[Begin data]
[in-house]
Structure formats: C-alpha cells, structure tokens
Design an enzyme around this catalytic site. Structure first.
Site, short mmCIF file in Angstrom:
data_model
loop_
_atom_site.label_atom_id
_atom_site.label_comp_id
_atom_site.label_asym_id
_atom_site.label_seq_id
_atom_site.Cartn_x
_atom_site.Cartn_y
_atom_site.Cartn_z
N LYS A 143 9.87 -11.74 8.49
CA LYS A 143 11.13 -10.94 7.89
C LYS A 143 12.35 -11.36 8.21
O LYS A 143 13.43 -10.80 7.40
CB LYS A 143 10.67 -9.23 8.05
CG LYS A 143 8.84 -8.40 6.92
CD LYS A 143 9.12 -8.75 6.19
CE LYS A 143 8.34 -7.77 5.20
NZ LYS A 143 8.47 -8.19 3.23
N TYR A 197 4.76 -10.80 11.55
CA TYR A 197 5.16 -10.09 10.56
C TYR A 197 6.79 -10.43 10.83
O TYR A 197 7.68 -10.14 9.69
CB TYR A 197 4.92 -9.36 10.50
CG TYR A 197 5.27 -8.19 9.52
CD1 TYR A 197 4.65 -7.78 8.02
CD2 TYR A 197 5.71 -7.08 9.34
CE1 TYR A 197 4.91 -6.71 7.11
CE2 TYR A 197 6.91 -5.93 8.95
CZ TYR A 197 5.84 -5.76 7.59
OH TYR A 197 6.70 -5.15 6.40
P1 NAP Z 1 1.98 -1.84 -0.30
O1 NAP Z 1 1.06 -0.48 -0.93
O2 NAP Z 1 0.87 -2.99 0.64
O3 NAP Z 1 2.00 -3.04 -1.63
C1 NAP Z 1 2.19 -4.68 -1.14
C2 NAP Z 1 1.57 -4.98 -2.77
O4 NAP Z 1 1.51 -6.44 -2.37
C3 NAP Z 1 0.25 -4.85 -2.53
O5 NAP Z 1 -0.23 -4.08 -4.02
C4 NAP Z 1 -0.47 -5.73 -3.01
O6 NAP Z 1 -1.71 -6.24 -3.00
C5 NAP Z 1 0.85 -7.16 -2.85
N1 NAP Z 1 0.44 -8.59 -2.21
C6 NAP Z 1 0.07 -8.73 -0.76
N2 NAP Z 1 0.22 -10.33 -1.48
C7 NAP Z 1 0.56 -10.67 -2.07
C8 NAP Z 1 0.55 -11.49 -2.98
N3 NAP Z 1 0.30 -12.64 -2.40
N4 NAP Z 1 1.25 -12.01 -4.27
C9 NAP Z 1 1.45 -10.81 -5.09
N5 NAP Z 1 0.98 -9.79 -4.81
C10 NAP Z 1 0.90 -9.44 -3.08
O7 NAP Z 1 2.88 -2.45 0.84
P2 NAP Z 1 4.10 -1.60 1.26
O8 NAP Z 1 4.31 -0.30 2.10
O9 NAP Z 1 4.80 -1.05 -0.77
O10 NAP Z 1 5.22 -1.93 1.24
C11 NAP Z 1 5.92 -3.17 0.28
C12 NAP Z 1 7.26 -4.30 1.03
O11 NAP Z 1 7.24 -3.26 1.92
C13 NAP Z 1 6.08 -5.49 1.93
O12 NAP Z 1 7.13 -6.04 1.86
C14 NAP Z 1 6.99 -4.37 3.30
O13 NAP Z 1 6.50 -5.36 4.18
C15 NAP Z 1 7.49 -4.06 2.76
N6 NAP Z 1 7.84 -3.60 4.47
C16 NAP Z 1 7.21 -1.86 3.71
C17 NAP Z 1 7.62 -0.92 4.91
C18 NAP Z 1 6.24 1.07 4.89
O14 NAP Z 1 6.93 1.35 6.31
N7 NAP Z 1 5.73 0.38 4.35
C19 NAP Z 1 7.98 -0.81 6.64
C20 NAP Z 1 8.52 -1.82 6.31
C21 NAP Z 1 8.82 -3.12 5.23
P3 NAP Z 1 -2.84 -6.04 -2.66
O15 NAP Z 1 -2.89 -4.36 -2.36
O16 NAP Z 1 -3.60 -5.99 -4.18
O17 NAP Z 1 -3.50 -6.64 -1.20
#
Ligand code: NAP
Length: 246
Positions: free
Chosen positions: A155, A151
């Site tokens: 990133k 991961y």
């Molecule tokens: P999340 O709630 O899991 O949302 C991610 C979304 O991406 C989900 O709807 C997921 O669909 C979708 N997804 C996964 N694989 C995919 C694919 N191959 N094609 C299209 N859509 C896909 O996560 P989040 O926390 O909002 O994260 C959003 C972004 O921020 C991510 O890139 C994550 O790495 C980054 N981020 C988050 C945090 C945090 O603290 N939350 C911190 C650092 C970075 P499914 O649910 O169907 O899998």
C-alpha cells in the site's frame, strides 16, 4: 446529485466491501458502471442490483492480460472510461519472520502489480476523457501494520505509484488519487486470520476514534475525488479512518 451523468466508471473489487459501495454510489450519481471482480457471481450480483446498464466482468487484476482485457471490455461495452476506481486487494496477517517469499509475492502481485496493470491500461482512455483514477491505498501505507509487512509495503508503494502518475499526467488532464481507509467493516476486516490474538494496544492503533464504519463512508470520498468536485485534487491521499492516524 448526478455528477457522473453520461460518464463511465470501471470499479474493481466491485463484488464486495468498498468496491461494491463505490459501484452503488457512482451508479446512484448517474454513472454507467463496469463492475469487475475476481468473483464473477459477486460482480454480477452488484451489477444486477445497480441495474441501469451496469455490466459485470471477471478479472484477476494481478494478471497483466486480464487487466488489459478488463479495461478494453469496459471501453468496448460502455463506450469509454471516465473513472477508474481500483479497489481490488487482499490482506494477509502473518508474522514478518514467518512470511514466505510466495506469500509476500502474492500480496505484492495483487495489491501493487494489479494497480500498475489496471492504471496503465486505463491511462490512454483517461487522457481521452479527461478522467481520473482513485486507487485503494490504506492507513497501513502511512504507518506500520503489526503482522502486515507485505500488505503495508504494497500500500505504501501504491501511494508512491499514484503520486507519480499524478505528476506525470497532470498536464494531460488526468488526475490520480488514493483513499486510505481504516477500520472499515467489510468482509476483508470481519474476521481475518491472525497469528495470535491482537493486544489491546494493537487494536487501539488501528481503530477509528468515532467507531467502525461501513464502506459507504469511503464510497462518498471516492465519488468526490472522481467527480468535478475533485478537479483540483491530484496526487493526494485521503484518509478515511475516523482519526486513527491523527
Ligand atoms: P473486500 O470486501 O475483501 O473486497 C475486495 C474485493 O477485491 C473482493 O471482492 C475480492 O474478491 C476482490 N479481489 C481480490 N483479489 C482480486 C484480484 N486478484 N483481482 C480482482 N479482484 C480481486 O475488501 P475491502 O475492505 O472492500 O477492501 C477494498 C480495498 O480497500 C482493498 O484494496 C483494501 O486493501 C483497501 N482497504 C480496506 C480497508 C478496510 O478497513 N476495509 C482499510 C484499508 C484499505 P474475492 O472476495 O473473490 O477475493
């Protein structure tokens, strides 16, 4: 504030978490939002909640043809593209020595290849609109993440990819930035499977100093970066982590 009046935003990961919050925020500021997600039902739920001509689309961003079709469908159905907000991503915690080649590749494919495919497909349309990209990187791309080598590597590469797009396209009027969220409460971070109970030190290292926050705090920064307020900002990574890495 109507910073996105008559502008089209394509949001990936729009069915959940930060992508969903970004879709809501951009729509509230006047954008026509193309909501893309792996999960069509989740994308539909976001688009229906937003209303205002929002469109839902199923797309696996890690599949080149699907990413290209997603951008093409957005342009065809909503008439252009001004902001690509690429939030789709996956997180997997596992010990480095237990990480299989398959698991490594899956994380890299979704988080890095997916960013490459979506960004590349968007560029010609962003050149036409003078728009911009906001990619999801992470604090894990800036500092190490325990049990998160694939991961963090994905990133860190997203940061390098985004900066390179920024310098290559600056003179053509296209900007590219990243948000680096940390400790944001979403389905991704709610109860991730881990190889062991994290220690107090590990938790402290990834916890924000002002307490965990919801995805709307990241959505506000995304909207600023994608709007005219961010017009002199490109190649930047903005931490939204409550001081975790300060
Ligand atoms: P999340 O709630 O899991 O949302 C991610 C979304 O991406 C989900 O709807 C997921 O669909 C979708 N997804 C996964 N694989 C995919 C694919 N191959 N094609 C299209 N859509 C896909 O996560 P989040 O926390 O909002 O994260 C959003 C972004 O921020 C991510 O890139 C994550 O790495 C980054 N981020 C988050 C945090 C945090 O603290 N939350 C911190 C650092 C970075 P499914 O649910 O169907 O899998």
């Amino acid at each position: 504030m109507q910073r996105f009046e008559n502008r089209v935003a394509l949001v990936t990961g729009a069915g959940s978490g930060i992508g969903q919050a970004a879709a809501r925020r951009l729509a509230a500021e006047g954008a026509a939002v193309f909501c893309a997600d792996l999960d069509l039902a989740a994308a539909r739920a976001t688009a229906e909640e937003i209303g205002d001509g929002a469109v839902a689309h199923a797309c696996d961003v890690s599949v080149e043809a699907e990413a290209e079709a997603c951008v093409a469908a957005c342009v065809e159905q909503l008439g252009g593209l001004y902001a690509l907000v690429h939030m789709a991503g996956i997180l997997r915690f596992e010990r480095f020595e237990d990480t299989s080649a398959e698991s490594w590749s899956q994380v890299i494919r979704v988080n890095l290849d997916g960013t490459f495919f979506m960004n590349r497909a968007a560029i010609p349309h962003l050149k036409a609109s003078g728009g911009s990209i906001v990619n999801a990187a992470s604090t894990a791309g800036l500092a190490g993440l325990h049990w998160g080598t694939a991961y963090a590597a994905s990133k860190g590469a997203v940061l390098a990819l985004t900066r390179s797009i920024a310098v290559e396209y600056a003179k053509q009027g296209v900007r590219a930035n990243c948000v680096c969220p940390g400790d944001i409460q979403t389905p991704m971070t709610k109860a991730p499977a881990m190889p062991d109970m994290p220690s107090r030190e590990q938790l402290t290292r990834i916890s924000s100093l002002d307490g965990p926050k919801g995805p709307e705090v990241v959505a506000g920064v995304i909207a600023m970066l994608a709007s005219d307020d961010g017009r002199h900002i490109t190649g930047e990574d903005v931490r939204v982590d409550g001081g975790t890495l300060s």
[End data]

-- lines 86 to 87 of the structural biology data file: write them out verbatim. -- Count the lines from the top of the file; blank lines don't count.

Positions: free
Chosen positions: A155, A151